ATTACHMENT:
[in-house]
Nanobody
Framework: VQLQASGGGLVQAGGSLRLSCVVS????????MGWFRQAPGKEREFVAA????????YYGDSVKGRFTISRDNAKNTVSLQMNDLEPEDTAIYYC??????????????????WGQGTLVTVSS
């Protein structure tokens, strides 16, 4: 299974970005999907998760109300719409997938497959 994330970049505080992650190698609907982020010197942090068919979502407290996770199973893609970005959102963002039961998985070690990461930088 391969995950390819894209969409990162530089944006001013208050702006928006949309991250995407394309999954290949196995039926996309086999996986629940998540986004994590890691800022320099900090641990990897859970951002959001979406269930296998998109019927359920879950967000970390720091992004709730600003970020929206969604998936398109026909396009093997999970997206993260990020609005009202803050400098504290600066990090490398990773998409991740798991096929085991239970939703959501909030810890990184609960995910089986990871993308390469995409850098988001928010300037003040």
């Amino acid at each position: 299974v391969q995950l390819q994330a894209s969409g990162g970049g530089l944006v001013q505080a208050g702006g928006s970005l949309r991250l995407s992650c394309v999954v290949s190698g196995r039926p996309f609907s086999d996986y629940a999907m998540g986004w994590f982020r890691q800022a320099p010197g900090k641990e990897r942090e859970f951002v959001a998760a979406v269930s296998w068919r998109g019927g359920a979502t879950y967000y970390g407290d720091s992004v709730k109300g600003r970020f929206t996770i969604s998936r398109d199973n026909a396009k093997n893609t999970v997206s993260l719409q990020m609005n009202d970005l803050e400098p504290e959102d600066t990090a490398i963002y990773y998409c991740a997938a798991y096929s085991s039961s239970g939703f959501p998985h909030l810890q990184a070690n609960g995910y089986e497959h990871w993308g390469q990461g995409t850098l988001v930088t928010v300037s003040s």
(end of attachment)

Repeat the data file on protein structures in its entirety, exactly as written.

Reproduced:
[in-house]
Nanobody
Framework: VQLQASGGGLVQAGGSLRLSCVVS????????MGWFRQAPGKEREFVAA????????YYGDSVKGRFTISRDNAKNTVSLQMNDLEPEDTAIYYC??????????????????WGQGTLVTVSS
């Protein structure tokens, strides 16, 4: 299974970005999907998760109300719409997938497959 994330970049505080992650190698609907982020010197942090068919979502407290996770199973893609970005959102963002039961998985070690990461930088 391969995950390819894209969409990162530089944006001013208050702006928006949309991250995407394309999954290949196995039926996309086999996986629940998540986004994590890691800022320099900090641990990897859970951002959001979406269930296998998109019927359920879950967000970390720091992004709730600003970020929206969604998936398109026909396009093997999970997206993260990020609005009202803050400098504290600066990090490398990773998409991740798991096929085991239970939703959501909030810890990184609960995910089986990871993308390469995409850098988001928010300037003040």
């Amino acid at each position: 299974v391969q995950l390819q994330a894209s969409g990162g970049g530089l944006v001013q505080a208050g702006g928006s970005l949309r991250l995407s992650c394309v999954v290949s190698g196995r039926p996309f609907s086999d996986y629940a999907m998540g986004w994590f982020r890691q800022a320099p010197g900090k641990e990897r942090e859970f951002v959001a998760a979406v269930s296998w068919r998109g019927g359920a979502t879950y967000y970390g407290d720091s992004v709730k109300g600003r970020f929206t996770i969604s998936r398109d199973n026909a396009k093997n893609t999970v997206s993260l719409q990020m609005n009202d970005l803050e400098p504290e959102d600066t990090a490398i963002y990773y998409c991740a997938a798991y096929s085991s039961s239970g939703f959501p998985h909030l810890q990184a070690n609960g995910y089986e497959h990871w993308g390469q990461g995409t850098l988001v930088t928010v300037s003040s």